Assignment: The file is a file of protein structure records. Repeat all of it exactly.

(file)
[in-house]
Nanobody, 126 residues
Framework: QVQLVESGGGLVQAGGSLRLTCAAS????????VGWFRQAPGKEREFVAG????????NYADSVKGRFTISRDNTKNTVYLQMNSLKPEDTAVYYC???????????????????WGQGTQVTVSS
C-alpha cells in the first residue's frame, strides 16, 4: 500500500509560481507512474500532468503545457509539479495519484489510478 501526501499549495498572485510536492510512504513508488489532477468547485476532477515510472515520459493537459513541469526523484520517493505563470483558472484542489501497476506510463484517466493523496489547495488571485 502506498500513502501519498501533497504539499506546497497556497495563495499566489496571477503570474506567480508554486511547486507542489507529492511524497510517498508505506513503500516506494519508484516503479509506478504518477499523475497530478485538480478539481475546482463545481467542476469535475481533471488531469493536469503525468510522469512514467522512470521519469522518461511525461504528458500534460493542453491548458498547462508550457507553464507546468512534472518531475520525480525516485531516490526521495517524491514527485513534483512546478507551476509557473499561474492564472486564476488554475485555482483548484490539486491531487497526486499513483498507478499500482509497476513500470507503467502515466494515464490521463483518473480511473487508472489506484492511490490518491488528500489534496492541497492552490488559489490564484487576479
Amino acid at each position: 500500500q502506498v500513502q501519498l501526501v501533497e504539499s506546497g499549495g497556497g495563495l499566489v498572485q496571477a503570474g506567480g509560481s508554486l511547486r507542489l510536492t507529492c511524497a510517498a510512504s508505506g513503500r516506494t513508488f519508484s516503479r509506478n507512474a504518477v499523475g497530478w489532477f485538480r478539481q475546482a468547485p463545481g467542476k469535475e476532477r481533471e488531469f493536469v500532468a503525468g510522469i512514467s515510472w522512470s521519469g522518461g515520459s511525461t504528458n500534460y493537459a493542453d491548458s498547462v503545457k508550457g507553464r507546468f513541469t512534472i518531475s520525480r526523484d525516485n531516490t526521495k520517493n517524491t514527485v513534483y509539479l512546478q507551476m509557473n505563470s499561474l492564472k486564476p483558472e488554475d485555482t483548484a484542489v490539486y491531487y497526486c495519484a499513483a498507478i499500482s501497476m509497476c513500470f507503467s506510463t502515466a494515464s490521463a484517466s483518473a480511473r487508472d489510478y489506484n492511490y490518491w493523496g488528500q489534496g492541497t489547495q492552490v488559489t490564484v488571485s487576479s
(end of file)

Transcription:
[in-house]
Nanobody, 126 residues
Framework: QVQLVESGGGLVQAGGSLRLTCAAS????????VGWFRQAPGKEREFVAG????????NYADSVKGRFTISRDNTKNTVYLQMNSLKPEDTAVYYC???????????????????WGQGTQVTVSS
C-alpha cells in the first residue's frame, strides 16, 4: 500500500509560481507512474500532468503545457509539479495519484489510478 501526501499549495498572485510536492510512504513508488489532477468547485476532477515510472515520459493537459513541469526523484520517493505563470483558472484542489501497476506510463484517466493523496489547495488571485 502506498500513502501519498501533497504539499506546497497556497495563495499566489496571477503570474506567480508554486511547486507542489507529492511524497510517498508505506513503500516506494519508484516503479509506478504518477499523475497530478485538480478539481475546482463545481467542476469535475481533471488531469493536469503525468510522469512514467522512470521519469522518461511525461504528458500534460493542453491548458498547462508550457507553464507546468512534472518531475520525480525516485531516490526521495517524491514527485513534483512546478507551476509557473499561474492564472486564476488554475485555482483548484490539486491531487497526486499513483498507478499500482509497476513500470507503467502515466494515464490521463483518473480511473487508472489506484492511490490518491488528500489534496492541497492552490488559489490564484487576479
Amino acid at each position: 500500500q502506498v500513502q501519498l501526501v501533497e504539499s506546497g499549495g497556497g495563495l499566489v498572485q496571477a503570474g506567480g509560481s508554486l511547486r507542489l510536492t507529492c511524497a510517498a510512504s508505506g513503500r516506494t513508488f519508484s516503479r509506478n507512474a504518477v499523475g497530478w489532477f485538480r478539481q475546482a468547485p463545481g467542476k469535475e476532477r481533471e488531469f493536469v500532468a503525468g510522469i512514467s515510472w522512470s521519469g522518461g515520459s511525461t504528458n500534460y493537459a493542453d491548458s498547462v503545457k508550457g507553464r507546468f513541469t512534472i518531475s520525480r526523484d525516485n531516490t526521495k520517493n517524491t514527485v513534483y509539479l512546478q507551476m509557473n505563470s499561474l492564472k486564476p483558472e488554475d485555482t483548484a484542489v490539486y491531487y497526486c495519484a499513483a498507478i499500482s501497476m509497476c513500470f507503467s506510463t502515466a494515464s490521463a484517466s483518473a480511473r487508472d489510478y489506484n492511490y490518491w493523496g488528500q489534496g492541497t489547495q492552490v488559489t490564484v488571485s487576479s